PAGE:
Russia remains connected to the internet | ZDNet


After Russia invaded Ukraine, Ukraine asked Internet governing groups to separate Russia from the Internet. These bodies, including the Internet Corporation for Assigned Names and Numbers (ICANN), refused. the two main backbone internet providers, Lumen Technologies And Cogent indicated that they would sever Russia’s Internet ties. However his actions speak louder than his words. internet analysis company thousandeyes has shown that internet connectivity is the backbone of Russia pretty much stays the same as ever,

In other words, Russia is not disconnected from the net.

Ironically, the most significant interference with Russians accessing the world via the Internet comes not from outside Russia, but from within Russia. Russia blocked Facebook TwitterAnd instagram,

Russia is also trying to establish its own alternative to the Domain Name System (DNS). It is the universal address system of the Internet. Russia is also trying to create its own TLS Certificate Authority (CA), These certificates are necessary to ensure a secure connection between web browsers and sites. Russian companies and agencies, however, can no longer renew CAs from Western countries. However, the rub is that CA certificates must be trusted for this to work. And the only web browsers to recognize these new CA certificates as trustworthy are Russia’s Yandex Browser and Atom products. Good luck getting these to work with Chrome, Firefox or Edge.

But, as far as the actual major Internet connections of Russia are concerned, they are still working fine. According to ThousandEyes, “While Russia continues to have connections to the rest of the world through these important networks, major Russian ISPs, such as JSC Rostelecom, continue to peer with global transit providers outside Russia, as they have seen in recent events.” As a result, the Russian people continue to have access to the global Internet – at least at the infrastructure level.”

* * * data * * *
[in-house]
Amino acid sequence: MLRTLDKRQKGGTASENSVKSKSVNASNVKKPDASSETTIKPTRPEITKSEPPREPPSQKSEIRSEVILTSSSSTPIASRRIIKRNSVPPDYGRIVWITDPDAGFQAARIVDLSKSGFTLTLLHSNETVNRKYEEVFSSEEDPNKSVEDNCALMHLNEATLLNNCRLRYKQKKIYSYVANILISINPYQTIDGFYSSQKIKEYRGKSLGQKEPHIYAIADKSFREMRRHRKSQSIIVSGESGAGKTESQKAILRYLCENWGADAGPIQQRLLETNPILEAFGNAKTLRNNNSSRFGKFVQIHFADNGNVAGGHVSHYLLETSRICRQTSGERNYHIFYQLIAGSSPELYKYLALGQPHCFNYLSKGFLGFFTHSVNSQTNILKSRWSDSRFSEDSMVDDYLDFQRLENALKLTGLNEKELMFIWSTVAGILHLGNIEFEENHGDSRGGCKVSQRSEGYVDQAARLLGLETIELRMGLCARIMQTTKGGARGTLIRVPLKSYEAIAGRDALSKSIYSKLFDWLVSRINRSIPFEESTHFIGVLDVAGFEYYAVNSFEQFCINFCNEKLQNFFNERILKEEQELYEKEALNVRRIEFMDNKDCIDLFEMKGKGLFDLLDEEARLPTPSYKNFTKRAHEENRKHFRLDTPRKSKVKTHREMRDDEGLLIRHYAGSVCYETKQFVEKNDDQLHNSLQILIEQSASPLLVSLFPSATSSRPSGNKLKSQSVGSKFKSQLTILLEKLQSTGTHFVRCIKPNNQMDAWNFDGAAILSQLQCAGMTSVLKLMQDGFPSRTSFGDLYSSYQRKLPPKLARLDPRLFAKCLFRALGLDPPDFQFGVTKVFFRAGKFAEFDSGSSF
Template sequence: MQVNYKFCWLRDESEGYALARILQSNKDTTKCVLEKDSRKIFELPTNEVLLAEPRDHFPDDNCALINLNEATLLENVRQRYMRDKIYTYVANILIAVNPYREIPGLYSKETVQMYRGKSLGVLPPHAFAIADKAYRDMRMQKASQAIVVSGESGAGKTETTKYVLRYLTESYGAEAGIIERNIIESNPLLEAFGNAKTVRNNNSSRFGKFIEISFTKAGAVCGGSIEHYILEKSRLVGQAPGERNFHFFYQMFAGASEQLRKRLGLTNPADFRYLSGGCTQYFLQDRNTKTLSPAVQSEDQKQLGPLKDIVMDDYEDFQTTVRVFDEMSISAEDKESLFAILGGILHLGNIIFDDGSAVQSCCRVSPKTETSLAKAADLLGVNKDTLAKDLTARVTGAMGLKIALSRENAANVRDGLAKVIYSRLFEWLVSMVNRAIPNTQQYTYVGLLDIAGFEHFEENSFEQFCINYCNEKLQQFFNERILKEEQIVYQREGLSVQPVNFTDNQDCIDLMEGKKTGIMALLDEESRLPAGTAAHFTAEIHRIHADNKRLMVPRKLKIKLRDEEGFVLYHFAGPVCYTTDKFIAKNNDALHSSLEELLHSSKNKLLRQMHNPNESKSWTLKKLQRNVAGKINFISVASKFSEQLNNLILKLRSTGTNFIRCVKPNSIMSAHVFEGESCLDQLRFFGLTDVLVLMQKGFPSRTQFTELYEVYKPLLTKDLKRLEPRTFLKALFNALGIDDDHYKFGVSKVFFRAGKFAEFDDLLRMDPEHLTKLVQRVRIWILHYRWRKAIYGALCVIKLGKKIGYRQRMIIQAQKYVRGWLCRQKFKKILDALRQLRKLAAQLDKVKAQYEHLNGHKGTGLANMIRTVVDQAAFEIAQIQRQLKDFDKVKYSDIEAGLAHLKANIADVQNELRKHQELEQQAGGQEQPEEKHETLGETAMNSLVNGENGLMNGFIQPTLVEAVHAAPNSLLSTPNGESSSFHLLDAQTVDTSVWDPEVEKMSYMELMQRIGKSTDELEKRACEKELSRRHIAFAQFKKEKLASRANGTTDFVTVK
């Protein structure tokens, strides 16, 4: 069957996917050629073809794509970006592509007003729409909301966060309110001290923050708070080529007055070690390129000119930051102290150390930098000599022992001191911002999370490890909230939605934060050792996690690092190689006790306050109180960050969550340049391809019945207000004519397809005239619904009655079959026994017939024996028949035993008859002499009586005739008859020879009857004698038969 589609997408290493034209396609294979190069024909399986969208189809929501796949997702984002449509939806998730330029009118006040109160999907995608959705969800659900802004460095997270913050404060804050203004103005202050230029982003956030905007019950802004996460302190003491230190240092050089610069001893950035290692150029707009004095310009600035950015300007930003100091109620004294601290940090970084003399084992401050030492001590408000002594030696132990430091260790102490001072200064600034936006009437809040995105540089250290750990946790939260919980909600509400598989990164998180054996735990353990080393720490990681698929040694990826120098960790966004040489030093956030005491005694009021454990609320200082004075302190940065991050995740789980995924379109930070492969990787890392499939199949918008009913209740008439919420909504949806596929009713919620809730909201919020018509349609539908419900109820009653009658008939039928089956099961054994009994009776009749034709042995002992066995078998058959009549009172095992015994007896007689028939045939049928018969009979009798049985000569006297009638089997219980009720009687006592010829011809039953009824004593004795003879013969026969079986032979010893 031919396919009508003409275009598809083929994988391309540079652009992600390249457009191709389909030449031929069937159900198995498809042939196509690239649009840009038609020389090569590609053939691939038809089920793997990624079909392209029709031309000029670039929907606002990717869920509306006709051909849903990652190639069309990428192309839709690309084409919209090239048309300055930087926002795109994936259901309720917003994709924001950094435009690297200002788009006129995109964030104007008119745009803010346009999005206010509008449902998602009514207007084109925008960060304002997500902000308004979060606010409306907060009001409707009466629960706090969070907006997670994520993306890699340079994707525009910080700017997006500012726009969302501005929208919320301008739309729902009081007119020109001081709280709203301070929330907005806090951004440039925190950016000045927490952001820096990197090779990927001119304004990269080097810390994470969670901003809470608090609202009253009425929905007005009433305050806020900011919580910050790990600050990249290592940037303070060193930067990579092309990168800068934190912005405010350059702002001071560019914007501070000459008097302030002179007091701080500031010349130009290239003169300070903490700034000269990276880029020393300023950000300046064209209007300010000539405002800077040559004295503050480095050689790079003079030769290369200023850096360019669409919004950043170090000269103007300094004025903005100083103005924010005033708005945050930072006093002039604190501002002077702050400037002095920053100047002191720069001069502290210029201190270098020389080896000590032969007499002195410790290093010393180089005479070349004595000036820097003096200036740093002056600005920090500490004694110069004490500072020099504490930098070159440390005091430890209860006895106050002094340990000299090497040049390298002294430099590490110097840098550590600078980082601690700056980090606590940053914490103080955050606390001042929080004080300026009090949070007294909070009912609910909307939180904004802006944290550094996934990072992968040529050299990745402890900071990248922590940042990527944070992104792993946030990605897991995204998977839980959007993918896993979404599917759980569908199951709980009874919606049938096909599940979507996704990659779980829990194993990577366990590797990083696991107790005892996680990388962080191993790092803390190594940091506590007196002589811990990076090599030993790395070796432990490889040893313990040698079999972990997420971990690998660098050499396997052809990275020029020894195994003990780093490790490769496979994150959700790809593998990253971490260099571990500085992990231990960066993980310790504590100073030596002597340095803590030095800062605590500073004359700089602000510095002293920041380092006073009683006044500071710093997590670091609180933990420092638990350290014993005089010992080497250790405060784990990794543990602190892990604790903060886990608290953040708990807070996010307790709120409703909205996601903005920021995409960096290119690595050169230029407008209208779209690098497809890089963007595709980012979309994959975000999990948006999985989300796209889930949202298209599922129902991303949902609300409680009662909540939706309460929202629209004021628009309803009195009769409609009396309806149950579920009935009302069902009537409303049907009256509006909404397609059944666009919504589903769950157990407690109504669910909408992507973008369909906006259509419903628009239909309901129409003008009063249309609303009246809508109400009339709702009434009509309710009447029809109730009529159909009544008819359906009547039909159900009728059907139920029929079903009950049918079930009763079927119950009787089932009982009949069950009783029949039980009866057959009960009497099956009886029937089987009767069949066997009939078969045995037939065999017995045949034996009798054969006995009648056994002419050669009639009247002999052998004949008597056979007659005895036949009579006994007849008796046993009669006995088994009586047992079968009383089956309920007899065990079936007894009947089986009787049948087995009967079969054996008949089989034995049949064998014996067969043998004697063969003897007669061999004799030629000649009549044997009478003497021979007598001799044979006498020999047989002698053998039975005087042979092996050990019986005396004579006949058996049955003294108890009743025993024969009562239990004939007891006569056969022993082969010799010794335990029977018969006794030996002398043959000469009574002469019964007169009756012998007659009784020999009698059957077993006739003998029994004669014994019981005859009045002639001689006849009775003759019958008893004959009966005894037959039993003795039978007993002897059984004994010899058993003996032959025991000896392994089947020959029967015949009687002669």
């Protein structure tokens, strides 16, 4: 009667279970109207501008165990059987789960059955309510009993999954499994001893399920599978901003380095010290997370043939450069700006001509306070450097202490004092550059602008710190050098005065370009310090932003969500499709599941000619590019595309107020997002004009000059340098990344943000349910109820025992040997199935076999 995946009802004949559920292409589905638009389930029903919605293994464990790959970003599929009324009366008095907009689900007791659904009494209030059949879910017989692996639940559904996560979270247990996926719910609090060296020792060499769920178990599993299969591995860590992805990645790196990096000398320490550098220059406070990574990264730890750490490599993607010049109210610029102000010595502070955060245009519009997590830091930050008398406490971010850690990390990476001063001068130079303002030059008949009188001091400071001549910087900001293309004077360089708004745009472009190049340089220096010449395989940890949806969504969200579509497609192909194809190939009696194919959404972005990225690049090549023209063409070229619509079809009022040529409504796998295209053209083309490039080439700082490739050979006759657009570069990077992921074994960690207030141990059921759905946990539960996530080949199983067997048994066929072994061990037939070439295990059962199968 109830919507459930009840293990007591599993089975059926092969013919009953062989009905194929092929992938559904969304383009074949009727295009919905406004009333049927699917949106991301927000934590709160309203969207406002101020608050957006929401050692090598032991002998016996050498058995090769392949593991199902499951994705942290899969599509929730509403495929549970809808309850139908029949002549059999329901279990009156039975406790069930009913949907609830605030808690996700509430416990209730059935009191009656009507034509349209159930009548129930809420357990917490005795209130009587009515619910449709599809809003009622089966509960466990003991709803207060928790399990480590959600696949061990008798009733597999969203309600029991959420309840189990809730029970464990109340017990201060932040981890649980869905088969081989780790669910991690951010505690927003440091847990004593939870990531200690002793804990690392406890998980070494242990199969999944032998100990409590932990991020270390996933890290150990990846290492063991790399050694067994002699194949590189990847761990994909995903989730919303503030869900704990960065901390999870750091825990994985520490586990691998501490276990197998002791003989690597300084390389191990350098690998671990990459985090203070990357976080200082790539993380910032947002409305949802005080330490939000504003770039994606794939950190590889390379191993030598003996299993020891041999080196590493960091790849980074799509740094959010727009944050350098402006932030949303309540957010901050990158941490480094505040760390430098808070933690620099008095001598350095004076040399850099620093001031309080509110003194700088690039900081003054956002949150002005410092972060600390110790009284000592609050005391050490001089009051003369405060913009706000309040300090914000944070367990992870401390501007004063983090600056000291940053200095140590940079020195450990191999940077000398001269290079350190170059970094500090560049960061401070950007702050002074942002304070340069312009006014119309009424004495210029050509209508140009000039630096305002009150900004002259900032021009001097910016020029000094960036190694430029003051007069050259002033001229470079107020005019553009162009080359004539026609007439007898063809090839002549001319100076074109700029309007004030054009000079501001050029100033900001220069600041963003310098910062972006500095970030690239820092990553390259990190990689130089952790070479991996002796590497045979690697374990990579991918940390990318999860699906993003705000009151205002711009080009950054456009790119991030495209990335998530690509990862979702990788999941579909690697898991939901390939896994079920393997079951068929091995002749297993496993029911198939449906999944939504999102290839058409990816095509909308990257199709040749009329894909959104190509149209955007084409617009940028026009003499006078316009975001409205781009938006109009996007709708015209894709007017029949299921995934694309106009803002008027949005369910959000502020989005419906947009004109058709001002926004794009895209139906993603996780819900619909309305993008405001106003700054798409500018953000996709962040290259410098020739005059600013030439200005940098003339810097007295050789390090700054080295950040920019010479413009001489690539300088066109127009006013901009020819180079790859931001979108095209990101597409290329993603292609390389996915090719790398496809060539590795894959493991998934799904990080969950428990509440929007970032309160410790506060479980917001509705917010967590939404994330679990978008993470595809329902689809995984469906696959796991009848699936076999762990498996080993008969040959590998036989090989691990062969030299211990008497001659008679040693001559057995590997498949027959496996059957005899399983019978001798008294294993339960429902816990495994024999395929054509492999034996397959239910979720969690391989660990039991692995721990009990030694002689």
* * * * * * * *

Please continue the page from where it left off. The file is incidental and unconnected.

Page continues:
This does not mean that Russian Internet sites have not been affected by Distributed Denial of Service (DDoS) attacks. they have been.

But, Russian sites remain largely the same as they remain in the West when attacked: using content delivery networks (CDNs) such as Cloudflare and Akamai.

These CDN companies continue to operate in Russia, as Cloudflare CEO Matthew Prince wrote, “Russia needs more internet access, not less… we have seen a dramatic increase in worldwide media requests from Russian networks, reflecting the desire of ordinary Russian citizens to see world news beyond those provided within Russia.”

Russian sites are also protecting themselves from attacks ISP traffic blackholing, As the name suggests, it works by routing potentially malicious network traffic into a “black hole”.

If you’re trying to access a Russian site outside of Russia, you’re more likely to have problems connecting. Within Russia, working with Russian websites continues pretty much in general.

But, despite what has been said, backbone connectivity is still up and working for the Russians’ million-ruble problem of connecting to the outside world. This is because Cogent and Lucent, along with many other global transit providers, such as TeliaNet and Telstra, continue to peer with major Russian Internet Service Providers (ISPs) through transit points outside Russia.

That said, ThousandEyes reported, “Just because network connectivity persists between Russia and the rest of the world, as is the case with China, does not mean that the Internet experienced by Russian users is a mirror of the rest of the world.” – or that users outside Russia have unfiltered access to websites displayed from inside Russia.” The Russian government ultimately controls what most Russian citizens see and do not see on the net. In effect, it is creating a virtual Internet prison.

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